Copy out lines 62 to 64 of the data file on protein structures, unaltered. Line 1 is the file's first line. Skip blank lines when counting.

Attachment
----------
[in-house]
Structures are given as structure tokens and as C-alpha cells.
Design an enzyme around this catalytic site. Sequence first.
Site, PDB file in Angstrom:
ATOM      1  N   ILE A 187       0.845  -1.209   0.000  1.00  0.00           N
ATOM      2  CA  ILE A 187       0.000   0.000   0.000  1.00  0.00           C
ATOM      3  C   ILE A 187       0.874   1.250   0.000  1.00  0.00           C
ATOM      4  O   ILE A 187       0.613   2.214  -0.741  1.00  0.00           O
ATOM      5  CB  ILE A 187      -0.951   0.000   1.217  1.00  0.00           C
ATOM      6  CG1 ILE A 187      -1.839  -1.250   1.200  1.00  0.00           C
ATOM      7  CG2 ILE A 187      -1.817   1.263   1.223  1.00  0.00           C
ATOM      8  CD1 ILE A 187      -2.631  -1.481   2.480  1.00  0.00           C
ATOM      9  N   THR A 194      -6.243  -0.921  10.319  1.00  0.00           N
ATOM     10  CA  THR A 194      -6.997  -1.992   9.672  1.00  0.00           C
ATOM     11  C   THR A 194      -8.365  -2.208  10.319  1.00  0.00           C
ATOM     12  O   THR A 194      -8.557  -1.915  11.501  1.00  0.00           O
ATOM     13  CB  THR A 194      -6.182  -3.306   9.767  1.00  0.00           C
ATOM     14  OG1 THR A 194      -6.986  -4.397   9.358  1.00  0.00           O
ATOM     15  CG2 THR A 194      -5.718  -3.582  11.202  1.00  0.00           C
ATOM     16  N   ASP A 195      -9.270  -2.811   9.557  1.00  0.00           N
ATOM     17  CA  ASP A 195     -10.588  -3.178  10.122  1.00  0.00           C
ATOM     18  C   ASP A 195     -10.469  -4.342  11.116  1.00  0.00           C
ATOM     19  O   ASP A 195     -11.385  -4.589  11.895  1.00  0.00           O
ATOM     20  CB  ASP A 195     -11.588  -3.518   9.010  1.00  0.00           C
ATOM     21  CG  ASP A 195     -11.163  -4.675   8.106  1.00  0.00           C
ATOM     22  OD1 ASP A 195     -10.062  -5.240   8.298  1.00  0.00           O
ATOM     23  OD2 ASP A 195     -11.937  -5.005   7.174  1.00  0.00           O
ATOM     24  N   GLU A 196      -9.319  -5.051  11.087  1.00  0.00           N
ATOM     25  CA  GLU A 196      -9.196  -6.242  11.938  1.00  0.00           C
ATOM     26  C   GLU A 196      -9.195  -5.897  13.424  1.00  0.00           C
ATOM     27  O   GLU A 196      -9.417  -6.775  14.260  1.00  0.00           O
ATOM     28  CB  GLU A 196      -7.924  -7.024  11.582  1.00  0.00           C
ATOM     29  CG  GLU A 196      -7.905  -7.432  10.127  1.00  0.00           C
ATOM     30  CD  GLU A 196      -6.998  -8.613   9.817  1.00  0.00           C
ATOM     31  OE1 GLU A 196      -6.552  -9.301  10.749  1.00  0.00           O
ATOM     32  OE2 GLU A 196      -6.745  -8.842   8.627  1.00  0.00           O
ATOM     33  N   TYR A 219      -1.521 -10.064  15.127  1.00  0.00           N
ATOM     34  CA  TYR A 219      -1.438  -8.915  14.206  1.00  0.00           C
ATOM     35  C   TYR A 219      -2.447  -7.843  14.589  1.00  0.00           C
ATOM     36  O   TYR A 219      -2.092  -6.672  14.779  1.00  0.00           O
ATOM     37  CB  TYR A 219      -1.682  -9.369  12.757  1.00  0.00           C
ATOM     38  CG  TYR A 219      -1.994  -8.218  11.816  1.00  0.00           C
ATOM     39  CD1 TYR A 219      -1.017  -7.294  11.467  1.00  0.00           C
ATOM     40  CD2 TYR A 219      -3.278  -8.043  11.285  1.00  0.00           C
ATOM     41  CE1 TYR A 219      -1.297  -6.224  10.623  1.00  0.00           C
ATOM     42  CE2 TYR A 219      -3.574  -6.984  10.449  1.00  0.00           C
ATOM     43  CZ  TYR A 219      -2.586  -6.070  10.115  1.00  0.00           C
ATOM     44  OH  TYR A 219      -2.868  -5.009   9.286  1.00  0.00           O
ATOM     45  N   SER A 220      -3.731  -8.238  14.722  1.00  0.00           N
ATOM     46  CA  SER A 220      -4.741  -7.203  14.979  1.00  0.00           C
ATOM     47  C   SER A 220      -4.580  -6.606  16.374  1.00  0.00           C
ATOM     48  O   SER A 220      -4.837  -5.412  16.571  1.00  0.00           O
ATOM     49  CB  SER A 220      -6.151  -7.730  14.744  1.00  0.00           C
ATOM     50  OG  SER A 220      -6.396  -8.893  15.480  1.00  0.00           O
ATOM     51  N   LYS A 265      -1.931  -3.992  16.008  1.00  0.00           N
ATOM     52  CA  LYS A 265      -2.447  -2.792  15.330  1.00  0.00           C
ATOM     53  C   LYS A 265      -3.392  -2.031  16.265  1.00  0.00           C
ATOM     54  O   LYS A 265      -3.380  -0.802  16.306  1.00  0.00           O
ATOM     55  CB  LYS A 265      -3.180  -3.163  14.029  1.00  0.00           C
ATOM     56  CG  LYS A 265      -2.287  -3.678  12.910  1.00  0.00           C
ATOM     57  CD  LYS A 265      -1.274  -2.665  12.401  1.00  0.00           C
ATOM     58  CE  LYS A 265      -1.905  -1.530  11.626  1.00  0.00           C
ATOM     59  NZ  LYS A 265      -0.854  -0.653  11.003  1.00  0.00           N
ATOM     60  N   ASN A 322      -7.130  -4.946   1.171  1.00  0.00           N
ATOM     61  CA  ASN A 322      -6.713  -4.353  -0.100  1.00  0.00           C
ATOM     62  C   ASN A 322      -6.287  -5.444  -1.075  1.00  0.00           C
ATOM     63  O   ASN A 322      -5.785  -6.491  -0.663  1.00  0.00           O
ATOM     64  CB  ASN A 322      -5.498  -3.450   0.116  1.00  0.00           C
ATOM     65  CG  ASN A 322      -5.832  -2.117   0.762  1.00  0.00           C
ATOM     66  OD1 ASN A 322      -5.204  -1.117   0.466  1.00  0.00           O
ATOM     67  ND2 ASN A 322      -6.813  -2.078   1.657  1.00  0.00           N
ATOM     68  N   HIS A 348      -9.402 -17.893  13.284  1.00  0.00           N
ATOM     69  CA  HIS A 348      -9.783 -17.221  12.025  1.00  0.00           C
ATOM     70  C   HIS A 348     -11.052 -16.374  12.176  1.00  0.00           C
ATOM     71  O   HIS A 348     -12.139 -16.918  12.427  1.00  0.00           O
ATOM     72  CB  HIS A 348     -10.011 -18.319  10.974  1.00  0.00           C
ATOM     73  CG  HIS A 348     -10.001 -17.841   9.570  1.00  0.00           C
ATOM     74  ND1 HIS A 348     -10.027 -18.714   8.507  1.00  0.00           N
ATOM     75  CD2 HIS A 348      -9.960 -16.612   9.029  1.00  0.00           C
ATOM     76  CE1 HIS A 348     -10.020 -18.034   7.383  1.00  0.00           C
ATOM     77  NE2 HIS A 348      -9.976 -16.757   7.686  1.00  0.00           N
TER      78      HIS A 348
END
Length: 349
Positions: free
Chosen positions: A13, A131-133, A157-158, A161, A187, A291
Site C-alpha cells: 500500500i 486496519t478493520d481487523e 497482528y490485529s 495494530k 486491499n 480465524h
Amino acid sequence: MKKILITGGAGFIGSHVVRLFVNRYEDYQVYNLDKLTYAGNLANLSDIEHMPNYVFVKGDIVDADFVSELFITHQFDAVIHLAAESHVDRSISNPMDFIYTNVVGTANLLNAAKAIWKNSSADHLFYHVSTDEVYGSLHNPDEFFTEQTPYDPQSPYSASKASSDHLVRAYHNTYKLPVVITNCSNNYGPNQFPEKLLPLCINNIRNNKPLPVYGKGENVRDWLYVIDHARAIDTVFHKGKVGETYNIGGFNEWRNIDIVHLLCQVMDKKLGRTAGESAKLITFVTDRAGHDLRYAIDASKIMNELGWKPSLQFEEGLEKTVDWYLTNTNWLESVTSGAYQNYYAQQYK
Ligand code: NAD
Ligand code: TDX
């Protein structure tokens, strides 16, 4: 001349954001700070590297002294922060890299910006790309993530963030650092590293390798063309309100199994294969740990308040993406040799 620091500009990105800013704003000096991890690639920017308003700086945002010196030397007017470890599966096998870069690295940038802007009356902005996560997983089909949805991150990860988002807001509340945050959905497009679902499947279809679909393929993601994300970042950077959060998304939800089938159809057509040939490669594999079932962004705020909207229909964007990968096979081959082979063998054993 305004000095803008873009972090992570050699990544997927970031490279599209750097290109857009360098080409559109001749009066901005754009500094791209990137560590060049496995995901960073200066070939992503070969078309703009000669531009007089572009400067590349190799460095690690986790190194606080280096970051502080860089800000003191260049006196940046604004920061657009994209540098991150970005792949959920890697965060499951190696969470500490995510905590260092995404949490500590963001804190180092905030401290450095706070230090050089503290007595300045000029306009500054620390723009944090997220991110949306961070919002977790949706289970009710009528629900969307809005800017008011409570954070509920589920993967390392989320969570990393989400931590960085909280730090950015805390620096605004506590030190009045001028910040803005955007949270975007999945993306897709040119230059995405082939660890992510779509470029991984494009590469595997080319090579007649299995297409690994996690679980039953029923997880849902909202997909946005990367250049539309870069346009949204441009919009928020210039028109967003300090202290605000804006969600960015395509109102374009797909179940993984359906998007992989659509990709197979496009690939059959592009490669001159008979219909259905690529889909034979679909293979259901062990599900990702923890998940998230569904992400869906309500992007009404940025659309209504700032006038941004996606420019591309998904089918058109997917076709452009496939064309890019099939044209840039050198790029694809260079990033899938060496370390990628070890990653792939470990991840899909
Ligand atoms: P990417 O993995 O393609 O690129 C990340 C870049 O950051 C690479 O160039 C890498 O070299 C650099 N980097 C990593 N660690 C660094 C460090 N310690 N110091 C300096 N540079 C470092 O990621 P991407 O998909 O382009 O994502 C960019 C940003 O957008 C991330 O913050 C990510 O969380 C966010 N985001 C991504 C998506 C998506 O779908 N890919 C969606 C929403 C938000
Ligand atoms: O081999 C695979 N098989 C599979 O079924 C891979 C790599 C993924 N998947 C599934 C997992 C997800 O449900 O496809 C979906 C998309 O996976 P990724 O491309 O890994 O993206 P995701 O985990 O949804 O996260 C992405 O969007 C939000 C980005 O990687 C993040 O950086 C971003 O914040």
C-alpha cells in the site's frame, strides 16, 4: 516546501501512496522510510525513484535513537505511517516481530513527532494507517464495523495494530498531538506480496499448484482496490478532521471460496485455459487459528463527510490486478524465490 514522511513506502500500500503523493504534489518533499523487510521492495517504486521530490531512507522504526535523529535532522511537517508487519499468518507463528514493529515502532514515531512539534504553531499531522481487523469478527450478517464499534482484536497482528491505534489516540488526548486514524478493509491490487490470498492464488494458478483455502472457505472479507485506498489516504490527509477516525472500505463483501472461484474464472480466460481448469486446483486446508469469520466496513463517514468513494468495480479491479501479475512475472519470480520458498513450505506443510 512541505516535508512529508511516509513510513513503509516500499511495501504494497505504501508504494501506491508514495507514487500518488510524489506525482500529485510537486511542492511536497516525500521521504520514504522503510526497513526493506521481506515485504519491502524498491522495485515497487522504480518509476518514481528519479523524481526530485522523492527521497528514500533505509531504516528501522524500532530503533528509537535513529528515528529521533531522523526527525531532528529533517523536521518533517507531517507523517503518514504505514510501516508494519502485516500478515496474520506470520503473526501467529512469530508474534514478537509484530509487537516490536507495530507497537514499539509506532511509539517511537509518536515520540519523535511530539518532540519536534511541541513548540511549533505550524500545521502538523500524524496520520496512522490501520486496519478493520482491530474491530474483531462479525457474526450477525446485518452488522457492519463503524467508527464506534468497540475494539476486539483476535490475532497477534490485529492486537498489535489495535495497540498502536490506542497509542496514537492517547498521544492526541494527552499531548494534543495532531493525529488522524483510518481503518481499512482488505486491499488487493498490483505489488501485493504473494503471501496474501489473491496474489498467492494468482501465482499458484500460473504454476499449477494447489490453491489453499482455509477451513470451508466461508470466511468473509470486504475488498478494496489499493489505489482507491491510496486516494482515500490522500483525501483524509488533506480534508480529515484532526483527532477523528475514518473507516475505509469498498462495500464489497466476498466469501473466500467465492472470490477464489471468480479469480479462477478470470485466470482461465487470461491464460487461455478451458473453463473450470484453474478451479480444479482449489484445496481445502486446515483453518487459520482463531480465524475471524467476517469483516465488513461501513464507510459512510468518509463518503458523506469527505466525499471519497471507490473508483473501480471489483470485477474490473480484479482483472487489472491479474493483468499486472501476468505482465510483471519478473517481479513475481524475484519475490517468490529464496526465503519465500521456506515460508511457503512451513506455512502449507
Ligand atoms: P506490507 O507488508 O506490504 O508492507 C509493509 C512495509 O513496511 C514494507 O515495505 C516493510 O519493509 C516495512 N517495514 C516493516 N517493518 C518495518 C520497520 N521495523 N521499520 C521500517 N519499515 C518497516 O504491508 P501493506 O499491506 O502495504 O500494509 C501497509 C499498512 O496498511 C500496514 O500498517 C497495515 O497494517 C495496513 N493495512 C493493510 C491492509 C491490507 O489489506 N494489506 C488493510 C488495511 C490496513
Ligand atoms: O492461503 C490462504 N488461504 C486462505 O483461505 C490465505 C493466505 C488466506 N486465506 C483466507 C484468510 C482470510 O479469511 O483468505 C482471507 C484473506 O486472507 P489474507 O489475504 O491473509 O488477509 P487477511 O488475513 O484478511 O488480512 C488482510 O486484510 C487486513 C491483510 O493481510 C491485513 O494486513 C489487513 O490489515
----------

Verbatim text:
ATOM     58  CE  LYS A 265      -1.905  -1.530  11.626  1.00  0.00           C
ATOM     59  NZ  LYS A 265      -0.854  -0.653  11.003  1.00  0.00           N
ATOM     60  N   ASN A 322      -7.130  -4.946   1.171  1.00  0.00           N